Vol. 43, No. 6
John R. Nelson
Note: This article is an expanded version of “Thomas Nuttall: Pioneering Naturalist” published in the May/June 2015 issue of Harvard Magazine.
Portrait of Nuttall, artist unknown—probably the only known portrait.
Thomas Nuttall’s first love was plants, not birds. In 1808, the day after he came to Philadelphia from his native England, Nuttall saw a common greenbrier, a species unknown to him, and brought it to Benjamin Smith Barton, professor of Natural History and Botany at the University of Pennsylvania. Barton, author of the first American botany textbook, was struck by the young man’s fervor for plants and became his mentor. Two years later, he sent Nuttall on the first of his many great collecting expeditions: west to the Great Lakes, up the Missouri River into Mandan territory in North Dakota, and then down the Mississippi.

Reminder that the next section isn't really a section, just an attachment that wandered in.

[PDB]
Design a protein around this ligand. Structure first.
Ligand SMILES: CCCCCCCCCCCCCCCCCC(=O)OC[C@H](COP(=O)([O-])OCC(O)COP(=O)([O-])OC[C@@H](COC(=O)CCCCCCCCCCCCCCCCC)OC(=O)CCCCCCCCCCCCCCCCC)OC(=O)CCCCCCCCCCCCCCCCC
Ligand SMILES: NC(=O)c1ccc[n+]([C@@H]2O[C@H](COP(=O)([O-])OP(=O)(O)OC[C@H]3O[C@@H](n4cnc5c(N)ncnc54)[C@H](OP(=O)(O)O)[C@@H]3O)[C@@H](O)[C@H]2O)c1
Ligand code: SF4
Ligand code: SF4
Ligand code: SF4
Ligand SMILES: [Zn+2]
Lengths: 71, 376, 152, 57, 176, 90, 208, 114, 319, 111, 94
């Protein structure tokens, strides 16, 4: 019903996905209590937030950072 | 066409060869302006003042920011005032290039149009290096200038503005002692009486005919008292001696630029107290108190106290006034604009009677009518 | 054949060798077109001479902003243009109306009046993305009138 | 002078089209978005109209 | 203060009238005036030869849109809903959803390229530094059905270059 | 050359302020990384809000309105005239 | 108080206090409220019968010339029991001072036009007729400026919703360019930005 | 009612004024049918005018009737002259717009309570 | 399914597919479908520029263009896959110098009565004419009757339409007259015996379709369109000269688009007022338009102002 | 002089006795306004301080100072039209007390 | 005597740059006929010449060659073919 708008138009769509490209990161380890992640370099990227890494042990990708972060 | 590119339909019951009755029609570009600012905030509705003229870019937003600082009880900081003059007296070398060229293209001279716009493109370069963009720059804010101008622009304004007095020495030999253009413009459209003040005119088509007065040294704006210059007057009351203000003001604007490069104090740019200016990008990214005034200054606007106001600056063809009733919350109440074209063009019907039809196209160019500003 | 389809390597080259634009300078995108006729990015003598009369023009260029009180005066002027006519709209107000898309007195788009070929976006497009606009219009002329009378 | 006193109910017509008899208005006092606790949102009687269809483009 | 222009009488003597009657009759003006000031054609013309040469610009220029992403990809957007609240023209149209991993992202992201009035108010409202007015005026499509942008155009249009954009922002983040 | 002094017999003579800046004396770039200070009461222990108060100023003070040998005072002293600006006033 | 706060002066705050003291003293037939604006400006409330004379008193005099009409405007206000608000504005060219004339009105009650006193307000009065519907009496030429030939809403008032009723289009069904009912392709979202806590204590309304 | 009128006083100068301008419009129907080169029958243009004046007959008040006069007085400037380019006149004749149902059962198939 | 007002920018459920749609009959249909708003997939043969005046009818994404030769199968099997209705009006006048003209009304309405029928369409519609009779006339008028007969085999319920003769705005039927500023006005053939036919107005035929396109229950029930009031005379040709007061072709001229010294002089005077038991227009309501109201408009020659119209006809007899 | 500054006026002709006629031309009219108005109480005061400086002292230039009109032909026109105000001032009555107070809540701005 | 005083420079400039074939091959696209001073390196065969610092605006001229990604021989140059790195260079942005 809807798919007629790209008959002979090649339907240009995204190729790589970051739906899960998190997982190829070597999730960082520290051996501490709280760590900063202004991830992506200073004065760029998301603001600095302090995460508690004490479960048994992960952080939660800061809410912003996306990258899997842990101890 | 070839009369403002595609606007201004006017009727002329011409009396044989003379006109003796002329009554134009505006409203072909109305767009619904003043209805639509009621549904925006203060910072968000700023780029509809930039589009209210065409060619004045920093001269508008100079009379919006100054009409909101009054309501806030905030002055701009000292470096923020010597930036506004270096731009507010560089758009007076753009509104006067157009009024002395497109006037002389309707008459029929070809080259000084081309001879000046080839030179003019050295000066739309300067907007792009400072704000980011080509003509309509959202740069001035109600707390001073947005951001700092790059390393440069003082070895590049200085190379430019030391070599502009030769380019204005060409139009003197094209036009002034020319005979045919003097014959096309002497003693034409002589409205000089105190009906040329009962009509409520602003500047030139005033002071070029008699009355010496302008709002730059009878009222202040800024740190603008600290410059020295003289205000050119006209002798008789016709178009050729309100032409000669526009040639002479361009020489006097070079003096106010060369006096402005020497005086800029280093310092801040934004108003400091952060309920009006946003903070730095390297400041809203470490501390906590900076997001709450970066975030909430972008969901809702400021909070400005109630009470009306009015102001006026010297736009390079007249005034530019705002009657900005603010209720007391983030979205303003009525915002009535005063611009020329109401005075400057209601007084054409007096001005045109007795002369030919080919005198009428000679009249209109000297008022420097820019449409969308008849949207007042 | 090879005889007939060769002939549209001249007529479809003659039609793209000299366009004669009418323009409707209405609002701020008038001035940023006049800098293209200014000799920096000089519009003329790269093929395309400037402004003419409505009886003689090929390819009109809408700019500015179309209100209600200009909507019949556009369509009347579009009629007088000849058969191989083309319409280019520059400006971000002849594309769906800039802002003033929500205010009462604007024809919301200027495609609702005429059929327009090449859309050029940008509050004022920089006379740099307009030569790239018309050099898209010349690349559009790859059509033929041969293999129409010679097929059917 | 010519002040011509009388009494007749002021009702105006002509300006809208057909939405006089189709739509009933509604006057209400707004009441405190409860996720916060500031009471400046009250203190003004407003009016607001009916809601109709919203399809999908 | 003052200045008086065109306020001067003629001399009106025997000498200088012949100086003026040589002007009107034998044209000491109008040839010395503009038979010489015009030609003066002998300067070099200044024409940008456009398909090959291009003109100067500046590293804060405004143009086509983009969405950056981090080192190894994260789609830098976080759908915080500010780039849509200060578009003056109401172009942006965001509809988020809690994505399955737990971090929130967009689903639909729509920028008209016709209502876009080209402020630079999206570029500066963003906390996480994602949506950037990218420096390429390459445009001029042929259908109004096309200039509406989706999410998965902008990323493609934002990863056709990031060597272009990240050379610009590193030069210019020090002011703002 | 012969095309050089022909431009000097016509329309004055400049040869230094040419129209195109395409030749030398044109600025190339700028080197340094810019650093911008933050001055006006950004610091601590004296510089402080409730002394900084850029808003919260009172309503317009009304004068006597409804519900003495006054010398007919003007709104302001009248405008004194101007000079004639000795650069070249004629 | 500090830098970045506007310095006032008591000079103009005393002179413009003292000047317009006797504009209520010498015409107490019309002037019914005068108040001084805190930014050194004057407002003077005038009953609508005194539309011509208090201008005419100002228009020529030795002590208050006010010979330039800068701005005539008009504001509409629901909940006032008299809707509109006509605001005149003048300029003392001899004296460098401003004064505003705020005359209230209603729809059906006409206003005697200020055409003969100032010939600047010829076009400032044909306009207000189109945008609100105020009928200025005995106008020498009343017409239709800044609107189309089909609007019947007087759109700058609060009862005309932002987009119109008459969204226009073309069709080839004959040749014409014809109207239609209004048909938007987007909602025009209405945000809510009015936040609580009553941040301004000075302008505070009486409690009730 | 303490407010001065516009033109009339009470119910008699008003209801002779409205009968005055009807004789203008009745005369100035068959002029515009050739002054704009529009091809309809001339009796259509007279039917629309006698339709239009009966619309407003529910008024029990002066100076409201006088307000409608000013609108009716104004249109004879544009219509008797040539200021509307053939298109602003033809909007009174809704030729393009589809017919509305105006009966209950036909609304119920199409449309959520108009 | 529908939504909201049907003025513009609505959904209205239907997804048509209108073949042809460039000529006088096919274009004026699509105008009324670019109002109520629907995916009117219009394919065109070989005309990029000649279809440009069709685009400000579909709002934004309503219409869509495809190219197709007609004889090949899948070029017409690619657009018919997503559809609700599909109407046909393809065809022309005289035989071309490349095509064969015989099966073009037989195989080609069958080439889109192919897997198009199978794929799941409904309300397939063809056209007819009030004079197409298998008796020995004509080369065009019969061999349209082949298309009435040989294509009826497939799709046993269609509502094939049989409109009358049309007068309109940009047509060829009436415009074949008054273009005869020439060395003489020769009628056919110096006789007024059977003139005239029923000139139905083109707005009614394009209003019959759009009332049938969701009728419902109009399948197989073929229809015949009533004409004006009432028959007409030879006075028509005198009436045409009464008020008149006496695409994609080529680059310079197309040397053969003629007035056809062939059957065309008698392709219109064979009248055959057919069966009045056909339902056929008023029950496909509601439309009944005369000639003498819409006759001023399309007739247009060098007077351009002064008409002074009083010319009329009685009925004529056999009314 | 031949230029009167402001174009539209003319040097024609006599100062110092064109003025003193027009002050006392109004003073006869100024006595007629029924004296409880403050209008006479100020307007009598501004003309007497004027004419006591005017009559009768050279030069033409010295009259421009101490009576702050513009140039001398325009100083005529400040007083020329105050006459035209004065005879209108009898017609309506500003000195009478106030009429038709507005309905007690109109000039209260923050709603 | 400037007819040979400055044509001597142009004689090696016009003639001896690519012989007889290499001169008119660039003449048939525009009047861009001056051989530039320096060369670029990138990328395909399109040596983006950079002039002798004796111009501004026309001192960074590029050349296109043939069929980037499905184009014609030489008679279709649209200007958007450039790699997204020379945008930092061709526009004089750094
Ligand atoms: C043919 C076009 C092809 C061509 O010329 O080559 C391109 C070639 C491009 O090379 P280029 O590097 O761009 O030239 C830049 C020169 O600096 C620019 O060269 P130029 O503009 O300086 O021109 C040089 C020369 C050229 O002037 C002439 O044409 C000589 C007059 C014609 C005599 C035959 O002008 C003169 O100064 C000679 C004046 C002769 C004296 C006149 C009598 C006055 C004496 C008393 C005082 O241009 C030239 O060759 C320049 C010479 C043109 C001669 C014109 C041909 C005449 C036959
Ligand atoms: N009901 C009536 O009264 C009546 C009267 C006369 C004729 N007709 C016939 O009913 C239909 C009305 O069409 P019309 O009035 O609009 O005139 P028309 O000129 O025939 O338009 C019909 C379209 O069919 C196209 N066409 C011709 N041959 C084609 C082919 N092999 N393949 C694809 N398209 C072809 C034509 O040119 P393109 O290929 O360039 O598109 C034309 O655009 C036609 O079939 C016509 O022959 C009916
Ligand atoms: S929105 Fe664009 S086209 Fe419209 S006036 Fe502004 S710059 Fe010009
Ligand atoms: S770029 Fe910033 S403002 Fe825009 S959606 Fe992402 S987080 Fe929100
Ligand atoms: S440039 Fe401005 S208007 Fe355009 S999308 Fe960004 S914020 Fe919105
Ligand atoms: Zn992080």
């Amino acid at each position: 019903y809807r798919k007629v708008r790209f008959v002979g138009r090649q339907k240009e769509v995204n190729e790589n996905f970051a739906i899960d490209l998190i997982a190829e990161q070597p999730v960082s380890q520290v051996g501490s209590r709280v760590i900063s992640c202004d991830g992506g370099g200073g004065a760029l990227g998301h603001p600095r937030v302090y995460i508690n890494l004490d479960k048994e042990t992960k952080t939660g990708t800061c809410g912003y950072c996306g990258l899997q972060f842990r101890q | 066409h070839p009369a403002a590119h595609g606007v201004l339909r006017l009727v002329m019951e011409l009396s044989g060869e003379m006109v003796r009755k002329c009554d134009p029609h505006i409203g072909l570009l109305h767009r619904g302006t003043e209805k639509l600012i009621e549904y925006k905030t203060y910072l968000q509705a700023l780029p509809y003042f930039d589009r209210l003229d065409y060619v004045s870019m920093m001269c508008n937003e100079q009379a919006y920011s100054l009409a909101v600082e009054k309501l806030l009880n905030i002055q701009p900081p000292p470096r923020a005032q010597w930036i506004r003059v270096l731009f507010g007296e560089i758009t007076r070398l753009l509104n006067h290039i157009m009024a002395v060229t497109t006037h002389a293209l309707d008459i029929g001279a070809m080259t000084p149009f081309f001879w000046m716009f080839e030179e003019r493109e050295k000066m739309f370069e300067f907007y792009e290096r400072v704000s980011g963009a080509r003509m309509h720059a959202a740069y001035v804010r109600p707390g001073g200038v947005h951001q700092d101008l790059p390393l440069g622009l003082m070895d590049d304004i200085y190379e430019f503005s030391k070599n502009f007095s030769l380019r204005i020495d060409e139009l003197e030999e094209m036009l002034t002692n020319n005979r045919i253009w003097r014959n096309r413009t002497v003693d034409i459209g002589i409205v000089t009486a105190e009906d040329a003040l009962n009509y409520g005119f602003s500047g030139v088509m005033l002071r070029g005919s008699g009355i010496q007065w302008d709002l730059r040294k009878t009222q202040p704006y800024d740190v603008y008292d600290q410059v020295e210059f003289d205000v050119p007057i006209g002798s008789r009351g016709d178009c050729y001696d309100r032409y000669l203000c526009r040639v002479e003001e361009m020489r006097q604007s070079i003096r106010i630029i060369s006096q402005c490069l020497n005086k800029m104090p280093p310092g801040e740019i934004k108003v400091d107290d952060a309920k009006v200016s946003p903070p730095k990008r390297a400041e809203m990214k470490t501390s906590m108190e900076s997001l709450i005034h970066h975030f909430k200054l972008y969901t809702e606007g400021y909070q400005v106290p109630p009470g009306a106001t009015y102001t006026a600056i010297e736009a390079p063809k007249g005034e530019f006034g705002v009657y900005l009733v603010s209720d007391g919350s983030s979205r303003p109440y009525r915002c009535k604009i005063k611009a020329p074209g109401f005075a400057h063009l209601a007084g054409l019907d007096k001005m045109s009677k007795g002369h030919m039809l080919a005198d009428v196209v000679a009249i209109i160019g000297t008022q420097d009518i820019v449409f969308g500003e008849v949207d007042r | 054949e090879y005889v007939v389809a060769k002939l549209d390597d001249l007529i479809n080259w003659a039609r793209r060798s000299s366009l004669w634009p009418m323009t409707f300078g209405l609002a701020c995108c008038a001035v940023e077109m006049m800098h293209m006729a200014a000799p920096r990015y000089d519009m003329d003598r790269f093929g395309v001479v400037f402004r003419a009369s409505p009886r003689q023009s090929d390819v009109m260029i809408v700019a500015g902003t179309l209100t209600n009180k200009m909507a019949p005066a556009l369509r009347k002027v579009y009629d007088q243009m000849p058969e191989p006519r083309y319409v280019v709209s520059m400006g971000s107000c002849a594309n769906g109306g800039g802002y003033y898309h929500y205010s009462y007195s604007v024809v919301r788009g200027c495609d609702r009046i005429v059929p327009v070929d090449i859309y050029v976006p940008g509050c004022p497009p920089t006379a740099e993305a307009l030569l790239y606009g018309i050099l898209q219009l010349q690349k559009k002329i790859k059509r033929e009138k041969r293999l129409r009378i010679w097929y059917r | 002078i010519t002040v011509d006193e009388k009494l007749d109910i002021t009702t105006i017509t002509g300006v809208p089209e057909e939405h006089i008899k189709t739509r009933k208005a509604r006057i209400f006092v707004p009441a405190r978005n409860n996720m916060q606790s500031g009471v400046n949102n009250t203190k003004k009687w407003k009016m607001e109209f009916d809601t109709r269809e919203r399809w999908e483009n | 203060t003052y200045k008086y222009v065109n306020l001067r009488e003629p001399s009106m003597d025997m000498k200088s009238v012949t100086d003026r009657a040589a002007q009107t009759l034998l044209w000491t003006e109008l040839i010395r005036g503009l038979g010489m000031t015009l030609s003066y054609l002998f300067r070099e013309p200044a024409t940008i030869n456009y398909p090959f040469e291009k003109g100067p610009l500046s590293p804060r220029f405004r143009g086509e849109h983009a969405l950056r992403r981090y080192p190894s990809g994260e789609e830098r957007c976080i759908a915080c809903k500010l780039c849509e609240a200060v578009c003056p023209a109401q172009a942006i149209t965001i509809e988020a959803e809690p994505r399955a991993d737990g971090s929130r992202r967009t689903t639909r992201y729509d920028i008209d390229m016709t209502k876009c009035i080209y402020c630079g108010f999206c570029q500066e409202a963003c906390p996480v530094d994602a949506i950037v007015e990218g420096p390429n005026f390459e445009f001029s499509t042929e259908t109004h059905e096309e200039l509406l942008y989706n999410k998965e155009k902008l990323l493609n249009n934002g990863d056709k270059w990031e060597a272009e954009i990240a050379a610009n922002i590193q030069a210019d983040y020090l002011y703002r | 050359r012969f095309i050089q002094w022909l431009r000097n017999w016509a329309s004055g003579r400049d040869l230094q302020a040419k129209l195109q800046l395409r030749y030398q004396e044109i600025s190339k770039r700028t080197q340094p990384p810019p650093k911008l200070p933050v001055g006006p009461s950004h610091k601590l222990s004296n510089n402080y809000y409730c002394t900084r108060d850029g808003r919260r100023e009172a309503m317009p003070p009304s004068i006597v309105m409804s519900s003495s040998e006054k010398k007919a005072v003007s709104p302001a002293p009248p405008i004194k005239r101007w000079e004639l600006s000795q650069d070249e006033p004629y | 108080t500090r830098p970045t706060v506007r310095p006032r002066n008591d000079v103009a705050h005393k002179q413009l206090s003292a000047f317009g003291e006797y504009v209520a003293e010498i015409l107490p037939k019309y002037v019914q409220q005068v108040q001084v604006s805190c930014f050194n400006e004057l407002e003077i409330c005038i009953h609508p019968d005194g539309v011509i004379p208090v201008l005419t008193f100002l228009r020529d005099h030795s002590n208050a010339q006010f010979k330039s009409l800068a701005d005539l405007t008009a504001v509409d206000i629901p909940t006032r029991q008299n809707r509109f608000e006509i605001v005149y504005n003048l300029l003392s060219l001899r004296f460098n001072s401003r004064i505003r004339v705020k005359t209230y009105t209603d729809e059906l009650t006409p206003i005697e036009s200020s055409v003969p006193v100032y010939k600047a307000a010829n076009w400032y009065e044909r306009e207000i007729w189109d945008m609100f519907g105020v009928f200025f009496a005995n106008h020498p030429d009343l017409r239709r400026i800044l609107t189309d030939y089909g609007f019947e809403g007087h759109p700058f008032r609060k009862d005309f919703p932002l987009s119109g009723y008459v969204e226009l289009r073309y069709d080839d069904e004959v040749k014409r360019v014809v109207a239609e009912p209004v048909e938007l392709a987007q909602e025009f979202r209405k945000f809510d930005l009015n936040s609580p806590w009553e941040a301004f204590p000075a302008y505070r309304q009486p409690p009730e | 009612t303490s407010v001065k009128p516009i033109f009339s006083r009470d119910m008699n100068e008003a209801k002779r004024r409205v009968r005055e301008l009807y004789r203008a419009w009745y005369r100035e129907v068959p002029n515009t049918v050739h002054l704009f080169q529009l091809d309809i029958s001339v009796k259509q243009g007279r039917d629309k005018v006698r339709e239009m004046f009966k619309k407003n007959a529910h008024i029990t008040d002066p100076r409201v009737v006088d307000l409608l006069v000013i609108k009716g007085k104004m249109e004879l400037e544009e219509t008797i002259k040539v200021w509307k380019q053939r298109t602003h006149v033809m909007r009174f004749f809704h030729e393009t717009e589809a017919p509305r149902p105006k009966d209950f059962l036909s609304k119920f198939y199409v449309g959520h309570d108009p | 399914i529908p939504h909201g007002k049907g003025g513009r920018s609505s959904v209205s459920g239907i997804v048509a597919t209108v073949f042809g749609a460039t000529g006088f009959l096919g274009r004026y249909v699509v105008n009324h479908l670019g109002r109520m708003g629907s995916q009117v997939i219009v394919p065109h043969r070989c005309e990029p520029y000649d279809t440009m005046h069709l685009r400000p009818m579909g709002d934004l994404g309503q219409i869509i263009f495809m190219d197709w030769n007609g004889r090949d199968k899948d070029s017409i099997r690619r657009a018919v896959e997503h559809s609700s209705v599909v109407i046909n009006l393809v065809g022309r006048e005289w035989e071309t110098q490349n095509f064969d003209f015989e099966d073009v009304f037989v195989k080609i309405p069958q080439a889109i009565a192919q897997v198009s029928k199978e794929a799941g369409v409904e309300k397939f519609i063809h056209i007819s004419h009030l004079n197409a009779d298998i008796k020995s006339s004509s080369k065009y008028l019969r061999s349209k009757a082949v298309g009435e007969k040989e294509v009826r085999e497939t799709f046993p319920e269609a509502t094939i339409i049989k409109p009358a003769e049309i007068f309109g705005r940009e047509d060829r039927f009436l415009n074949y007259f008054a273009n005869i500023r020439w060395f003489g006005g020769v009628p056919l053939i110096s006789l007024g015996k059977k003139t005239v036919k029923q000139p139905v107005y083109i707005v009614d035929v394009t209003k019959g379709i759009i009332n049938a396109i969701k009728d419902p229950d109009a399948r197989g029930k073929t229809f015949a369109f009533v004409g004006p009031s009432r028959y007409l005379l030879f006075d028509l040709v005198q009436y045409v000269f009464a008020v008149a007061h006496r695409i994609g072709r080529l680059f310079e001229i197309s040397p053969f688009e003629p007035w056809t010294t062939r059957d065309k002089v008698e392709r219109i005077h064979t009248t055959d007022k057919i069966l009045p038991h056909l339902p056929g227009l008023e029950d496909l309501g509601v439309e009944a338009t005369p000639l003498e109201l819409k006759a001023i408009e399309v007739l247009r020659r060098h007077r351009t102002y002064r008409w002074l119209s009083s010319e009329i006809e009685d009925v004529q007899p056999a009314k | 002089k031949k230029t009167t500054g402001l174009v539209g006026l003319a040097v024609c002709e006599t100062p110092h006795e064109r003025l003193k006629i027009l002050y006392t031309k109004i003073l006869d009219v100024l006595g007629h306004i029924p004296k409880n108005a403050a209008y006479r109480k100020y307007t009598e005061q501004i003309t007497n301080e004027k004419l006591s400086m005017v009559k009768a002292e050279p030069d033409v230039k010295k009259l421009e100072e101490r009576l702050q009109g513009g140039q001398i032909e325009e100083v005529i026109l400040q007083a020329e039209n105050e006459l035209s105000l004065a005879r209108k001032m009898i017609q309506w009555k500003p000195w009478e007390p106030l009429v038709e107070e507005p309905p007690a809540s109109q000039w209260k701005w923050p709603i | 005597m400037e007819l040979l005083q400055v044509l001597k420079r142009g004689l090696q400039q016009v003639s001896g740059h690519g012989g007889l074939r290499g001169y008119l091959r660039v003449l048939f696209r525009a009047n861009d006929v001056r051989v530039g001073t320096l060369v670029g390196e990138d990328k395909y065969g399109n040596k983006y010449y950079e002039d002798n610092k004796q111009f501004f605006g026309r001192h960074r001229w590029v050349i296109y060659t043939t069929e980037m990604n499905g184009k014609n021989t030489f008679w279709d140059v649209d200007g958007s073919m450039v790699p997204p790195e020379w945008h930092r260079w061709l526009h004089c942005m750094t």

Despite identification papers signed by President Madison, Nuttall soon realized that he wouldn’t be welcomed by British trappers who controlled the Great Lakes region, and he joined a John Jacob Astor fur trading party on Mackinac Island. In woods and prairies along the wide Missouri, he found plants new to science and collected species discovered, but lost in transit, by the Lewis and Clark expedition. Mishaps punctuated his single-minded scientific quest. Suffering chills and fever from malaria, he had to be rescued by a Mandan after he’d wandered off and collapsed on the plains. Later, lost again, he fled from the Indians who’d been sent to save him but were wary of approaching him because of his reputation for brewing powerful herbal concoctions. He entrusted another group of Indians to deliver specimens by boat, only to be told that his couriers drank the alcohol used to preserve his treasures.